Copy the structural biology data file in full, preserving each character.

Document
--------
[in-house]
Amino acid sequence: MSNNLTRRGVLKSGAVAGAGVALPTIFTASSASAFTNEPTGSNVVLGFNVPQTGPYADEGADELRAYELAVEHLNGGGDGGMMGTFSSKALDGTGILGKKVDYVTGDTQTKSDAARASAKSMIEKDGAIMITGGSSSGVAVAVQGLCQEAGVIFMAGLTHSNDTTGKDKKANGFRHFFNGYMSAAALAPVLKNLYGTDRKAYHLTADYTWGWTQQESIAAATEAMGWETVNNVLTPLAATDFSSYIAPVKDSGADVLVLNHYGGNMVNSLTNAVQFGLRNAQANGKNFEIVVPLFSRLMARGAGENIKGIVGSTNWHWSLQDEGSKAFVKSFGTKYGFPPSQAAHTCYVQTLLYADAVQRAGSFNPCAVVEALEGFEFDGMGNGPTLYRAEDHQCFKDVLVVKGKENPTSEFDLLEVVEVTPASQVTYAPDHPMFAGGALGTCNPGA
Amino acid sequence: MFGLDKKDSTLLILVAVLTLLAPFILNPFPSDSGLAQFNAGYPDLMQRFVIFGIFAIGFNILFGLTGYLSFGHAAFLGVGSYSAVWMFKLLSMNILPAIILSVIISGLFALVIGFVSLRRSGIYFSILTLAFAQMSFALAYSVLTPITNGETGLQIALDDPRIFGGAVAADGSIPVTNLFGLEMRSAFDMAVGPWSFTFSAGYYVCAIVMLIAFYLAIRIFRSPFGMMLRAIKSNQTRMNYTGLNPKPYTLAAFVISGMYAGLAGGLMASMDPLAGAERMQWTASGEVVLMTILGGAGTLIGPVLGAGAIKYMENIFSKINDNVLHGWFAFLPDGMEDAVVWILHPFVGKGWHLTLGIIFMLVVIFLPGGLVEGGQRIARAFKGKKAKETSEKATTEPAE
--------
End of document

[in-house]
Amino acid sequence: MSNNLTRRGVLKSGAVAGAGVALPTIFTASSASAFTNEPTGSNVVLGFNVPQTGPYADEGADELRAYELAVEHLNGGGDGGMMGTFSSKALDGTGILGKKVDYVTGDTQTKSDAARASAKSMIEKDGAIMITGGSSSGVAVAVQGLCQEAGVIFMAGLTHSNDTTGKDKKANGFRHFFNGYMSAAALAPVLKNLYGTDRKAYHLTADYTWGWTQQESIAAATEAMGWETVNNVLTPLAATDFSSYIAPVKDSGADVLVLNHYGGNMVNSLTNAVQFGLRNAQANGKNFEIVVPLFSRLMARGAGENIKGIVGSTNWHWSLQDEGSKAFVKSFGTKYGFPPSQAAHTCYVQTLLYADAVQRAGSFNPCAVVEALEGFEFDGMGNGPTLYRAEDHQCFKDVLVVKGKENPTSEFDLLEVVEVTPASQVTYAPDHPMFAGGALGTCNPGA
Amino acid sequence: MFGLDKKDSTLLILVAVLTLLAPFILNPFPSDSGLAQFNAGYPDLMQRFVIFGIFAIGFNILFGLTGYLSFGHAAFLGVGSYSAVWMFKLLSMNILPAIILSVIISGLFALVIGFVSLRRSGIYFSILTLAFAQMSFALAYSVLTPITNGETGLQIALDDPRIFGGAVAADGSIPVTNLFGLEMRSAFDMAVGPWSFTFSAGYYVCAIVMLIAFYLAIRIFRSPFGMMLRAIKSNQTRMNYTGLNPKPYTLAAFVISGMYAGLAGGLMASMDPLAGAERMQWTASGEVVLMTILGGAGTLIGPVLGAGAIKYMENIFSKINDNVLHGWFAFLPDGMEDAVVWILHPFVGKGWHLTLGIIFMLVVIFLPGGLVEGGQRIARAFKGKKAKETSEKATTEPAE